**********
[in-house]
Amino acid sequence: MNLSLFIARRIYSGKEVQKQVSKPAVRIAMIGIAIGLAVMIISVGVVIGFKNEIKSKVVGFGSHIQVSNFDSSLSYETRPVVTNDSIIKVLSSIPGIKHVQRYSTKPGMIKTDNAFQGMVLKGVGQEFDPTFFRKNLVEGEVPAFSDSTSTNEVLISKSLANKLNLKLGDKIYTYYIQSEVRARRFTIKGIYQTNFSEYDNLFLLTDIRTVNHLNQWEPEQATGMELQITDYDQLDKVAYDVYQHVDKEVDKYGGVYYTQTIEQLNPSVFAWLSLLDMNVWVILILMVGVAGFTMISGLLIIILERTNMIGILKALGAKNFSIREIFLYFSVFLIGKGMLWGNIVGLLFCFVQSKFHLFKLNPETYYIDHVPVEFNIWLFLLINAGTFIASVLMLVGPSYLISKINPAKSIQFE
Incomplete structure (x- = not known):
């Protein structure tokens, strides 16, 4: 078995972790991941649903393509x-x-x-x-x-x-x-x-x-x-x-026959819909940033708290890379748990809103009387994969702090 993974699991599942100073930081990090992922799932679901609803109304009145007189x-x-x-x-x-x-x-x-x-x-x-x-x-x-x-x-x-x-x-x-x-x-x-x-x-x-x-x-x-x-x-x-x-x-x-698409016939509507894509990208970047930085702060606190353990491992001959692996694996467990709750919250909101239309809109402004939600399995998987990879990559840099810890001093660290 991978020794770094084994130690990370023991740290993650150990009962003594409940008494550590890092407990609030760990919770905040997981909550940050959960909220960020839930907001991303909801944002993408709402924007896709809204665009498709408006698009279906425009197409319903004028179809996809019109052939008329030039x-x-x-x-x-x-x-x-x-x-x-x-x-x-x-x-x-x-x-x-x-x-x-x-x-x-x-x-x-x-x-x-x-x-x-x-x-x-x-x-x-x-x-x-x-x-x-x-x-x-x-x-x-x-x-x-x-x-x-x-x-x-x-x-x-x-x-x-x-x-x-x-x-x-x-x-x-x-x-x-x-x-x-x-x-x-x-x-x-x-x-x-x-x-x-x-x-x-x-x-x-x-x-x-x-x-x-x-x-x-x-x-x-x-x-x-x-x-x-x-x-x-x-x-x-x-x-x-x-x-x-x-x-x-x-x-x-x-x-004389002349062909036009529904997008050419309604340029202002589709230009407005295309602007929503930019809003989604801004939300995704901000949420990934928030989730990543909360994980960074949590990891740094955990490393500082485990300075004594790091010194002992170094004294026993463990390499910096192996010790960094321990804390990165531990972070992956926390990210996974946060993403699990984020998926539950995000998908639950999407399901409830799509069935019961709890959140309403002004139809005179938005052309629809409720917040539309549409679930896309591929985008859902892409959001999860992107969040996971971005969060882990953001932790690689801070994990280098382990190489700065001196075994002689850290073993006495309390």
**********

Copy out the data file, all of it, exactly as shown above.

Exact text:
[in-house]
Amino acid sequence: MNLSLFIARRIYSGKEVQKQVSKPAVRIAMIGIAIGLAVMIISVGVVIGFKNEIKSKVVGFGSHIQVSNFDSSLSYETRPVVTNDSIIKVLSSIPGIKHVQRYSTKPGMIKTDNAFQGMVLKGVGQEFDPTFFRKNLVEGEVPAFSDSTSTNEVLISKSLANKLNLKLGDKIYTYYIQSEVRARRFTIKGIYQTNFSEYDNLFLLTDIRTVNHLNQWEPEQATGMELQITDYDQLDKVAYDVYQHVDKEVDKYGGVYYTQTIEQLNPSVFAWLSLLDMNVWVILILMVGVAGFTMISGLLIIILERTNMIGILKALGAKNFSIREIFLYFSVFLIGKGMLWGNIVGLLFCFVQSKFHLFKLNPETYYIDHVPVEFNIWLFLLINAGTFIASVLMLVGPSYLISKINPAKSIQFE
Incomplete structure (x- = not known):
């Protein structure tokens, strides 16, 4: 078995972790991941649903393509x-x-x-x-x-x-x-x-x-x-x-026959819909940033708290890379748990809103009387994969702090 993974699991599942100073930081990090992922799932679901609803109304009145007189x-x-x-x-x-x-x-x-x-x-x-x-x-x-x-x-x-x-x-x-x-x-x-x-x-x-x-x-x-x-x-x-x-x-x-698409016939509507894509990208970047930085702060606190353990491992001959692996694996467990709750919250909101239309809109402004939600399995998987990879990559840099810890001093660290 991978020794770094084994130690990370023991740290993650150990009962003594409940008494550590890092407990609030760990919770905040997981909550940050959960909220960020839930907001991303909801944002993408709402924007896709809204665009498709408006698009279906425009197409319903004028179809996809019109052939008329030039x-x-x-x-x-x-x-x-x-x-x-x-x-x-x-x-x-x-x-x-x-x-x-x-x-x-x-x-x-x-x-x-x-x-x-x-x-x-x-x-x-x-x-x-x-x-x-x-x-x-x-x-x-x-x-x-x-x-x-x-x-x-x-x-x-x-x-x-x-x-x-x-x-x-x-x-x-x-x-x-x-x-x-x-x-x-x-x-x-x-x-x-x-x-x-x-x-x-x-x-x-x-x-x-x-x-x-x-x-x-x-x-x-x-x-x-x-x-x-x-x-x-x-x-x-x-x-x-x-x-x-x-x-x-x-x-x-x-x-004389002349062909036009529904997008050419309604340029202002589709230009407005295309602007929503930019809003989604801004939300995704901000949420990934928030989730990543909360994980960074949590990891740094955990490393500082485990300075004594790091010194002992170094004294026993463990390499910096192996010790960094321990804390990165531990972070992956926390990210996974946060993403699990984020998926539950995000998908639950999407399901409830799509069935019961709890959140309403002004139809005179938005052309629809409720917040539309549409679930896309591929985008859902892409959001999860992107969040996971971005969060882990953001932790690689801070994990280098382990190489700065001196075994002689850290073993006495309390």